The Short Version: A collection of tales spanning the length of George Mann’s alternate steampunk universe – including a case featuring Templeton Black, several lovely Christmas tales, the firm establishment of Peter Rutherford as successor to our daring heroes, and even a few appearances from the great detective himself…
The Review: I am a huge supporter of what I’ve recently come to call “unified-world theory”. This states that authors of fiction can – and perhaps automatically, unless proven otherwise, do – consider their entire canon to be extant in the same universe. The best example of this would be the works of Stephen King – off-hand mentions to Derry, to a new Mike Noonan novel, not to mention the swirling central vortex of The Dark Tower series – but it has existed for a long time now. The works of Bret Easton Ellis & Jay McInerney are cross-pollinated, King’s sons are adding their works to the King-verse while looping other people in retroactively, and Neil Gaiman does a bit of it as well – and if you really want to go back, just think about the fact that John Falstaff shows up in The Merry Wives of Windsor. George Mann is another author whose love for so-called “Easter Eggs” has blossomed in all of his various writings – and I, for one, love it. I love it so much.
This collection is full of delightful stories – not a single one, to my mind, is a misfire. This is rare, even for the best short story writers and I wonder if it is because these tales were almost all previously published in various places. There wasn’t the drive to “write a book of short stories” but rather the opportunity to collect stories presented itself and Mann took it with gusto. He even lays out, at the back of the book, a timeline and a delightful paragraph-for-each explanation of where the stories came from and why they exist. All in all, this is the sort of book where you can feel the author’s joy and excitement practically bubbling out of the pages. Something like that is infectious, to say the least.
I won’t speak too much to some of the more interesting stories in the collection, as I have questions that I’ll hopefully be putting to Mr. Mann in an interview in the coming weeks that might prove a better place to explore these issues… but Mann has really, truly, created his own version of our world for this series (stretching from N&H through the Ghost novels – of which I do hope there will be more…) but also takes care to ground it in the world that we know. The best “alternate realities” are full of touchstones to our own, like the poster for the 12th season of The West Wing on an episode of Fringe, and Mann’s is no exception. So when a particular story begins, “During the many years in which I served as both a friend and chronicler of Sherlock Holmes…”, it’s hard not to get excited. Similarly, to find out that Mann’s Doctor Who novel features one Professor Angelchrist – who we’ve come to know and love through these stories (especially the lovely last three) – is a joyous surprise.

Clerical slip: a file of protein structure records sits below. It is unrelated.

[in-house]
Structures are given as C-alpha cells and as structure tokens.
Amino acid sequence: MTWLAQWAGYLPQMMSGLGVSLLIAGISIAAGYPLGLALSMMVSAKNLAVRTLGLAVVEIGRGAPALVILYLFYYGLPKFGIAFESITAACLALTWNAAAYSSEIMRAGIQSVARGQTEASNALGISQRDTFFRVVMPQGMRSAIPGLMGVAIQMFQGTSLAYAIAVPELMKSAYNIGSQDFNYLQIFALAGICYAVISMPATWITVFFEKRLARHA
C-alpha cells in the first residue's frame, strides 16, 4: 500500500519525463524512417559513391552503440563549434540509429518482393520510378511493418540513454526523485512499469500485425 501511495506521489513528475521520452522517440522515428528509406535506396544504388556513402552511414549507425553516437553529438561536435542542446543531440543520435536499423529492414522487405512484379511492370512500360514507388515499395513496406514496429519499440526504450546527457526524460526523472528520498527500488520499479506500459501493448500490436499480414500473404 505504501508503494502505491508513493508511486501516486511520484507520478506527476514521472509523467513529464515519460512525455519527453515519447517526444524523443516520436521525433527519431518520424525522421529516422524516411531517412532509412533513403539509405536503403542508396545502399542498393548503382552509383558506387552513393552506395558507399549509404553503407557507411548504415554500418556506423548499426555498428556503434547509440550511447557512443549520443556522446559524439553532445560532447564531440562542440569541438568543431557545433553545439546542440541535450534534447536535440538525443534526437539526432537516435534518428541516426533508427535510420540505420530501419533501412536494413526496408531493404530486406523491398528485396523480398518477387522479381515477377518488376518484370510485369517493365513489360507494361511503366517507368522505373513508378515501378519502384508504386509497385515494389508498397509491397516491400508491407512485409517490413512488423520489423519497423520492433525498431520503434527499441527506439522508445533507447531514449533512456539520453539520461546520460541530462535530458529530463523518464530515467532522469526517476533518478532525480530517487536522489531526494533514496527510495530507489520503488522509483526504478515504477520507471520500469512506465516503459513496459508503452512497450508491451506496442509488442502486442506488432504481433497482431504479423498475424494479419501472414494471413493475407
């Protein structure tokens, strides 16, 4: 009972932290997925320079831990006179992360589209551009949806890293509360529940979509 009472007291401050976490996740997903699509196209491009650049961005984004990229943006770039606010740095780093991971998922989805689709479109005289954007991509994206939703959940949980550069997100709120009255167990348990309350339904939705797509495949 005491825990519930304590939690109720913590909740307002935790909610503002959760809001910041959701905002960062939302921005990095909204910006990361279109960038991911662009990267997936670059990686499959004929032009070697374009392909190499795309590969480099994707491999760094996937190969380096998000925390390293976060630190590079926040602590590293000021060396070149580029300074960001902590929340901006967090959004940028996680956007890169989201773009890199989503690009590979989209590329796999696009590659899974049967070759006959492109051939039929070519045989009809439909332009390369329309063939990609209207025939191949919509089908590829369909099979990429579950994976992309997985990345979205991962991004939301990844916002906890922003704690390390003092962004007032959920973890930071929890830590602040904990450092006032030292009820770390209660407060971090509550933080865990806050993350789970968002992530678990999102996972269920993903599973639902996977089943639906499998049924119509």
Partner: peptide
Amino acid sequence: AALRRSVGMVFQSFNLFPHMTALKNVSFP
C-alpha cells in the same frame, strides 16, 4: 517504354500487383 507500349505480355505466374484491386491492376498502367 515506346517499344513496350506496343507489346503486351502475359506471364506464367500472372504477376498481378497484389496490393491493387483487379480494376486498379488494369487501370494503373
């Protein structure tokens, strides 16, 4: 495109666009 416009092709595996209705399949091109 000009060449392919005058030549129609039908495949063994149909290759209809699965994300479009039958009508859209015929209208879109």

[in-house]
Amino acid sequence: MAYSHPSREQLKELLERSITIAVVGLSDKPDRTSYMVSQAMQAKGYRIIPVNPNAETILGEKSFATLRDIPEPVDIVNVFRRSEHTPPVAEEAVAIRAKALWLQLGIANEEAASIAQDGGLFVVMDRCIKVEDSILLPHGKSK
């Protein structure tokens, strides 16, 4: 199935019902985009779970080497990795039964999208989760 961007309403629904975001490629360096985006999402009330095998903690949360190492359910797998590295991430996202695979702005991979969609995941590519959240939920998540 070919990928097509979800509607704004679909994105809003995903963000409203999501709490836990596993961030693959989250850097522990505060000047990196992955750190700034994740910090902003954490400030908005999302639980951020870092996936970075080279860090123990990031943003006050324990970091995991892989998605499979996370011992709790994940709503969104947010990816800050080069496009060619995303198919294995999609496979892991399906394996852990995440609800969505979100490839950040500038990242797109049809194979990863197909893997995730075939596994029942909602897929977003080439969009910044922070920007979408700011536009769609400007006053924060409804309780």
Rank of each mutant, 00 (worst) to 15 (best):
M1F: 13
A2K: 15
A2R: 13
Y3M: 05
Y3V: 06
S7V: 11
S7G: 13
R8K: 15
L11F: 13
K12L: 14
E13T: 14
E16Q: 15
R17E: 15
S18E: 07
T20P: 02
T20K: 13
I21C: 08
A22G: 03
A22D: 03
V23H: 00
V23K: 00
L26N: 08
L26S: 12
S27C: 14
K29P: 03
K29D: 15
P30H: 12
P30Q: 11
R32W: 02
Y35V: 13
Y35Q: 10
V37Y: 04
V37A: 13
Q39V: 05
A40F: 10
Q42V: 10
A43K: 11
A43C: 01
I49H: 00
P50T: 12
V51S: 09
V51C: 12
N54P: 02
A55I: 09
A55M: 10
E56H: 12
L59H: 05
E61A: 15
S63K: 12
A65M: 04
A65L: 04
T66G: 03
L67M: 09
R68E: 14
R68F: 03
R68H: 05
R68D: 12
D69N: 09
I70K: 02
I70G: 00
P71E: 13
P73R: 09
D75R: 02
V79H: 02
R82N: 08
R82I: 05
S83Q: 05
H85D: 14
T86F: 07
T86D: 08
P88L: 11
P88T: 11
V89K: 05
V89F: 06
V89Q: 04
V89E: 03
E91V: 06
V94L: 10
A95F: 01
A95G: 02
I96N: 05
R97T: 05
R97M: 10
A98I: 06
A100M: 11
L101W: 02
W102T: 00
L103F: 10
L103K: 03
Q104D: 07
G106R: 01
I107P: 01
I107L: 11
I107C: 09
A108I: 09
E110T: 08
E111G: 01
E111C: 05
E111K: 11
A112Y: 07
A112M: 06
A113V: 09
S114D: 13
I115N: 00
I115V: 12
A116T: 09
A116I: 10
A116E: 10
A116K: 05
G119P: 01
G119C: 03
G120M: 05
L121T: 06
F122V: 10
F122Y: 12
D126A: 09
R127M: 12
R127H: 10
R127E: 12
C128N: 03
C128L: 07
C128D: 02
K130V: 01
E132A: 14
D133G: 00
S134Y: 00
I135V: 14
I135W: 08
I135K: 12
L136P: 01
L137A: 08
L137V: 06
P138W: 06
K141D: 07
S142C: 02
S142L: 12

But alright, enough about how amazing I think the unified-world theory is. The stories, you cry! How are the stories?!
Well, I already said: they’re uniformly excellent. We get some shading on a handful of adventures previously mentioned, including a delightful short tale of Newbury & Bainbridge locked up by the Cabal of the Horned Beast just before The Executioner’s Heart and we finally get a proper introduction to Templeton Black (although not, I’m sad to say, the story of his horrific death). We also meet Lady Arkwell, Hobbes’ Adler after a fashion, in a handful of tales – although she’s often just as much of a shadow in the background as ever before. And then there are a few moments where Mann takes the characters we’ve come to know and love over the course of four books and allows us to get a little closer to them. The Christmas tales, especially, show little nuances of Newbury especially – like the fact that he hosts Christmas with Charles every year and the sight of the tree with presents underneath for his friends… it’s mid-September and I got a thrill of warmth in my heart at the thought of these holiday tales. They’re the Dickensian tradition, updated for the nerd set.
Rating: 5 out of 5. What else can I say? The success of the Newbury & Hobbes series (modest so far but continuing to grow upon each release, I’m happy to say) has freed Mann to really just indulge his imagination – and what an imagination it is. He’s got two series running, spanning the first 35 or so years of the last century, and he’s managed to connect them together into one whole ‘verse. These stories show that he’s as adept with individual moments as he is with big cases and I sincerely hope that the “Volume One” on the cover is the promise of many, many more to come. Even if the N&H series ends after the 6th book, I will always welcome another visit with Newbury, Hobbes, Bainbridge, Angelchrist, Black, Arkwell, and Rutherford in the same way I look forward to new tales of Holmes, Watson, Hudson, Moriarty, Lestrade, and Adler. May Mann’s creations have as prosperous a life.